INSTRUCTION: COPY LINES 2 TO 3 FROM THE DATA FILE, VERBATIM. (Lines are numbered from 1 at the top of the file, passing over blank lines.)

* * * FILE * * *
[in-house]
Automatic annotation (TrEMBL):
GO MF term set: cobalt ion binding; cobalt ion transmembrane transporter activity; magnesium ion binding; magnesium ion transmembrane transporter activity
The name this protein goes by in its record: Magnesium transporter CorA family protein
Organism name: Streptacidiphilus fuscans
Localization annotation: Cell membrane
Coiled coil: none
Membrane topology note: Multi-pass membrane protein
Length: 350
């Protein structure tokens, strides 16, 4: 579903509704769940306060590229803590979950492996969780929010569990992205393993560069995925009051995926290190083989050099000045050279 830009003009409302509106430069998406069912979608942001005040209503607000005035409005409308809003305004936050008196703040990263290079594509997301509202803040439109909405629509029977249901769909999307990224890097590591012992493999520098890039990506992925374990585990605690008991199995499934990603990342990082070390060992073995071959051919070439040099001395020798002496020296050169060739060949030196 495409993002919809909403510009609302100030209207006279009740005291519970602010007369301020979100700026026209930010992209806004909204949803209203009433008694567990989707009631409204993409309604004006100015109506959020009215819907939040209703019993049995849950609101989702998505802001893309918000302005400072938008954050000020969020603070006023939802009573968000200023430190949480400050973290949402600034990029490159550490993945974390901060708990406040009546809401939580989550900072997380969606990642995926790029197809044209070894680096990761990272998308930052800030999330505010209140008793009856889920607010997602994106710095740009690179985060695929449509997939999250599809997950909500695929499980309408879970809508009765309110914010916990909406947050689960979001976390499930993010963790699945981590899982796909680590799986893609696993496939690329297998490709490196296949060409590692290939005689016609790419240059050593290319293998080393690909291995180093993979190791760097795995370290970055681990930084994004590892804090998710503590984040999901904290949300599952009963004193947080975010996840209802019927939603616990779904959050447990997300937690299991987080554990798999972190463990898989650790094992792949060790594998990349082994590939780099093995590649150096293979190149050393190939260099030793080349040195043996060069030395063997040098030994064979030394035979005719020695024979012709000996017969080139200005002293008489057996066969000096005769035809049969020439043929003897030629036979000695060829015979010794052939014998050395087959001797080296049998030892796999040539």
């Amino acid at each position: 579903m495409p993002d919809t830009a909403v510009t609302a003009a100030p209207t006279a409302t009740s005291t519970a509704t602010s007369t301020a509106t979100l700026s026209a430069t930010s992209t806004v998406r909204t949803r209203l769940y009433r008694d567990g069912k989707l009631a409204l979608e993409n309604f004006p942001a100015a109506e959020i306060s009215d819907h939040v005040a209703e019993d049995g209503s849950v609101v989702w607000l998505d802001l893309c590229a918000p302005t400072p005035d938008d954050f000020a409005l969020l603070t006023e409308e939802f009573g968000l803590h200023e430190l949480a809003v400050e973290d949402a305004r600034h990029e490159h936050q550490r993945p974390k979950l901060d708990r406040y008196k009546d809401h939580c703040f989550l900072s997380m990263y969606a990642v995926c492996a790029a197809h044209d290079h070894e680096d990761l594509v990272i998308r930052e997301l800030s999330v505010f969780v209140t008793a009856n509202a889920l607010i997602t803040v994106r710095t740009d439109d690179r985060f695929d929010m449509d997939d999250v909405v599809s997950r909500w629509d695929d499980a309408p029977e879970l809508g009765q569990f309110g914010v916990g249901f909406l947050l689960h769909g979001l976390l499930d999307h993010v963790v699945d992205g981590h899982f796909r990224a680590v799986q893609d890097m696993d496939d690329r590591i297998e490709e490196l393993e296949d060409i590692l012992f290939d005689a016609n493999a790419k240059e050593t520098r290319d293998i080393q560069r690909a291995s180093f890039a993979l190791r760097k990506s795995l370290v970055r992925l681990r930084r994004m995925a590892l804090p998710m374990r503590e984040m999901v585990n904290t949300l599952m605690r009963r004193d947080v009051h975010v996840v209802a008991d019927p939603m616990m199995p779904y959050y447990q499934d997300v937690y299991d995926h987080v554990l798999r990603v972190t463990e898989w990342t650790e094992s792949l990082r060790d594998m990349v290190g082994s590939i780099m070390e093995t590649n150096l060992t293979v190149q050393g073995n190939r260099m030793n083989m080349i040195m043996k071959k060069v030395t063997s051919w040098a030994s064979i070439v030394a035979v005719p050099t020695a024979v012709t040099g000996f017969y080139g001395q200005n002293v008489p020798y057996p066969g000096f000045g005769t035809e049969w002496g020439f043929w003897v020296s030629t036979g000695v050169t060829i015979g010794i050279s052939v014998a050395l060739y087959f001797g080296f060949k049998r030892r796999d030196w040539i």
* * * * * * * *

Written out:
Automatic annotation (TrEMBL):
GO MF term set: cobalt ion binding; cobalt ion transmembrane transporter activity; magnesium ion binding; magnesium ion transmembrane transporter activity